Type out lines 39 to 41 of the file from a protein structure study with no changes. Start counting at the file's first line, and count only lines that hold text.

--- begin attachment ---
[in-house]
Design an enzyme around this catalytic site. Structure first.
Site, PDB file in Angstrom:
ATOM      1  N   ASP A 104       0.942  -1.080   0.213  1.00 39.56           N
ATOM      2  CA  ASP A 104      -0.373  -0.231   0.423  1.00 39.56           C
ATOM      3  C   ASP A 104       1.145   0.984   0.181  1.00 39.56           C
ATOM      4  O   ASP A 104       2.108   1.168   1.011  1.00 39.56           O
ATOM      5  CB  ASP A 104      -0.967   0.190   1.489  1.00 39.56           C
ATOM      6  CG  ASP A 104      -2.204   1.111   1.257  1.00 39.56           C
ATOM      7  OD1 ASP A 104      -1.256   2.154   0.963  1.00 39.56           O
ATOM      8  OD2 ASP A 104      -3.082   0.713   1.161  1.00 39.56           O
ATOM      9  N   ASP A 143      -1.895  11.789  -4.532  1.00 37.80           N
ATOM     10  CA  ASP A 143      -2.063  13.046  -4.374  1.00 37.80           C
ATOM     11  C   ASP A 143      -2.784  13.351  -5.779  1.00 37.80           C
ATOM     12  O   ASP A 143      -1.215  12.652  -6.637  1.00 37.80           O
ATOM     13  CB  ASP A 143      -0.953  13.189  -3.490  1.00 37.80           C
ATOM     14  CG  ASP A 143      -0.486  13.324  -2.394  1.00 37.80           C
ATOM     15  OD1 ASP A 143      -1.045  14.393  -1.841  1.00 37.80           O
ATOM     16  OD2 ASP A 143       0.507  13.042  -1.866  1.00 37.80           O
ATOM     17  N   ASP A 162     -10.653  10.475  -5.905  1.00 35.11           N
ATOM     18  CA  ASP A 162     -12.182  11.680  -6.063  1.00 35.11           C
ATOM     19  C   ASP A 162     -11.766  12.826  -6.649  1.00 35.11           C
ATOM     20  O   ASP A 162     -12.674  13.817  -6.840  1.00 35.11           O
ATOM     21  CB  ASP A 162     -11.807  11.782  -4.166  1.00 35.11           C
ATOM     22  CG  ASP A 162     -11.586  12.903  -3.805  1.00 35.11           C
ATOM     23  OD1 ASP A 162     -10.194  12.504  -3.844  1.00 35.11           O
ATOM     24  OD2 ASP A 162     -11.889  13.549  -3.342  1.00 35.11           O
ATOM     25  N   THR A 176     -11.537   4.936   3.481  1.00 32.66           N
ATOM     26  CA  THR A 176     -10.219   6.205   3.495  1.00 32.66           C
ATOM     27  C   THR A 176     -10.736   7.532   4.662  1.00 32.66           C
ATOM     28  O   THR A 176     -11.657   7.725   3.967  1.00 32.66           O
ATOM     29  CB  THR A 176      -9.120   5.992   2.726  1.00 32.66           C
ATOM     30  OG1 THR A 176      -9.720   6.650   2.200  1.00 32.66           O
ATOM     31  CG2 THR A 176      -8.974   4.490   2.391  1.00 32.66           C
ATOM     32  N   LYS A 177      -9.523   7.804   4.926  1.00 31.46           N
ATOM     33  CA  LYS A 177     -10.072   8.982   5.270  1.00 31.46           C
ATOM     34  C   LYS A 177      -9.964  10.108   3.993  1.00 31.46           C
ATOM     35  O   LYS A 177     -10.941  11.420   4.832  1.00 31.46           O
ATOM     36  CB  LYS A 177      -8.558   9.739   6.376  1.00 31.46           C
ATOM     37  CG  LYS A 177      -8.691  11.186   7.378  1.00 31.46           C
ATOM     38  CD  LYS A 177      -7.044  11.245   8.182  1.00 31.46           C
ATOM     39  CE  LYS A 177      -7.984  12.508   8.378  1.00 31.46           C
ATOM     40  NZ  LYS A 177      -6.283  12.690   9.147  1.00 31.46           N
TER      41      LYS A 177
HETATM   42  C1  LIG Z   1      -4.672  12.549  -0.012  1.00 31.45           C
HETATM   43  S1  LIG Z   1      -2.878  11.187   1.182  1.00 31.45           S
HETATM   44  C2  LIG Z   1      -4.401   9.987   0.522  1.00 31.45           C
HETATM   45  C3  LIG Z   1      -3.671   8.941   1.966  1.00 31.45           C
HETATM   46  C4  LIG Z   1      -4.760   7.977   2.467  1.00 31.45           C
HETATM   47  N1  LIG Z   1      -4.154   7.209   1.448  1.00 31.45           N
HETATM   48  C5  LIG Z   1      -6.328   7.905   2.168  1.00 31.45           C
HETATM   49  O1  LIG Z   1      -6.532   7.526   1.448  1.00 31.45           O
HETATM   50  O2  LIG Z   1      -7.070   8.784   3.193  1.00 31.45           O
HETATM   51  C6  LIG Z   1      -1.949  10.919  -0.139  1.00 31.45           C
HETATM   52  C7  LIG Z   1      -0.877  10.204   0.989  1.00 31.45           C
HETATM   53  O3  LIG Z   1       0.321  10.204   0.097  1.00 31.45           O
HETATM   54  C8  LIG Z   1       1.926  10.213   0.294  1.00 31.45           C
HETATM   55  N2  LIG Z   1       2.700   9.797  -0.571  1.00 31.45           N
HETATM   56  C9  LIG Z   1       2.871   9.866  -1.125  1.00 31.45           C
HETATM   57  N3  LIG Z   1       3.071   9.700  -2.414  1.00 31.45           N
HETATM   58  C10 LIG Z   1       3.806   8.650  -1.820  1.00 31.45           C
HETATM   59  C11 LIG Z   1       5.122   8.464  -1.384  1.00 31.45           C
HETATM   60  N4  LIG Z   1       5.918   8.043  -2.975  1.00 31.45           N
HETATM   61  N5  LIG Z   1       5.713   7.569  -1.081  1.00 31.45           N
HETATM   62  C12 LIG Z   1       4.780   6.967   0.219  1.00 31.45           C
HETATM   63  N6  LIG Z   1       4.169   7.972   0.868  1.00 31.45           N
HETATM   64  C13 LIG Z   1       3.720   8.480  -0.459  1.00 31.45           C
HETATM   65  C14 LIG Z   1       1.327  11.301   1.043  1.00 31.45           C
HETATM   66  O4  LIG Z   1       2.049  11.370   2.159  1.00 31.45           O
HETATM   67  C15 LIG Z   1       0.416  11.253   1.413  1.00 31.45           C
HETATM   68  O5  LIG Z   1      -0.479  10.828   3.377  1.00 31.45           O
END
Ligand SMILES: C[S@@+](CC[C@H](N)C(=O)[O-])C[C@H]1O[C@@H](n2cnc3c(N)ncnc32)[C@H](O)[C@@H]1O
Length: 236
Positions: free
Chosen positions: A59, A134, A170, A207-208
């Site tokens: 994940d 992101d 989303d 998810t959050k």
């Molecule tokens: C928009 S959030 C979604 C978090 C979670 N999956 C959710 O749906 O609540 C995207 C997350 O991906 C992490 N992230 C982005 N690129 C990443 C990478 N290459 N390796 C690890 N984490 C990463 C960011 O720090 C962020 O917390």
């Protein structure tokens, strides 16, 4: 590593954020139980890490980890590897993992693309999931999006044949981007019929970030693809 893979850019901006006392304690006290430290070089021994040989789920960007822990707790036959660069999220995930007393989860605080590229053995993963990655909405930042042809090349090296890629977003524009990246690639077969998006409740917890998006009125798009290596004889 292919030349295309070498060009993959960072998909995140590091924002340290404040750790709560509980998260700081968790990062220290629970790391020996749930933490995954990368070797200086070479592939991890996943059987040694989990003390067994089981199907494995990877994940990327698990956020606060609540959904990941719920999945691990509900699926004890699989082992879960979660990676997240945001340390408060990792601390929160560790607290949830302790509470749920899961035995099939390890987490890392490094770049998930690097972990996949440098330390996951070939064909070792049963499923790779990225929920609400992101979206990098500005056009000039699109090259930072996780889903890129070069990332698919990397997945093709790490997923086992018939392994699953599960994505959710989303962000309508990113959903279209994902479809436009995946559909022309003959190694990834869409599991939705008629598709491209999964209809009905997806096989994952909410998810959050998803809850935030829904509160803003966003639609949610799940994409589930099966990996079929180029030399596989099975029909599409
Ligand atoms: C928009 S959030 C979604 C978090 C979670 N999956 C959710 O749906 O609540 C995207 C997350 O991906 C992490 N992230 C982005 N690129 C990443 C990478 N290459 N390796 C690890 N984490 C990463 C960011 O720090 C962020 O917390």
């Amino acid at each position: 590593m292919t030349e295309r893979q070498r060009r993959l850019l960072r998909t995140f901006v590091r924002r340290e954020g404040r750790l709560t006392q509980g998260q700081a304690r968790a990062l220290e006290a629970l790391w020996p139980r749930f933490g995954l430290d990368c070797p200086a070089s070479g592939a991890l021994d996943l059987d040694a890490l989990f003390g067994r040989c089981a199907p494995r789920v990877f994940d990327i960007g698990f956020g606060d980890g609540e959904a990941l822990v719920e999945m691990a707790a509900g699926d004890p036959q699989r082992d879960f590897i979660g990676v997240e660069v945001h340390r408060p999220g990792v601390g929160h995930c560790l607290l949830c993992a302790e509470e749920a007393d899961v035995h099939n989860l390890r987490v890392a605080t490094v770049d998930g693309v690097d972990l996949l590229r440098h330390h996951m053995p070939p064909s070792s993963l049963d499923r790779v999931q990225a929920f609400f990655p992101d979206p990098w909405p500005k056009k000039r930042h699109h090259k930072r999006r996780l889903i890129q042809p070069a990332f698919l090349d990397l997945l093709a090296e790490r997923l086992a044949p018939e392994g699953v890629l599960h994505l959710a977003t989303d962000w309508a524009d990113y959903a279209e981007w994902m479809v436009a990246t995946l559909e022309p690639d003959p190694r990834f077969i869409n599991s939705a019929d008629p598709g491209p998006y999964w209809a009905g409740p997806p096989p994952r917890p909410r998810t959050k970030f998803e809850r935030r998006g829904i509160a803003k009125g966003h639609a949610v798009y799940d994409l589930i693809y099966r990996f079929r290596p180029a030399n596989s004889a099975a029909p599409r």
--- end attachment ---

ATOM     36  CB  LYS A 177      -8.558   9.739   6.376  1.00 31.46           C
ATOM     37  CG  LYS A 177      -8.691  11.186   7.378  1.00 31.46           C
ATOM     38  CD  LYS A 177      -7.044  11.245   8.182  1.00 31.46           C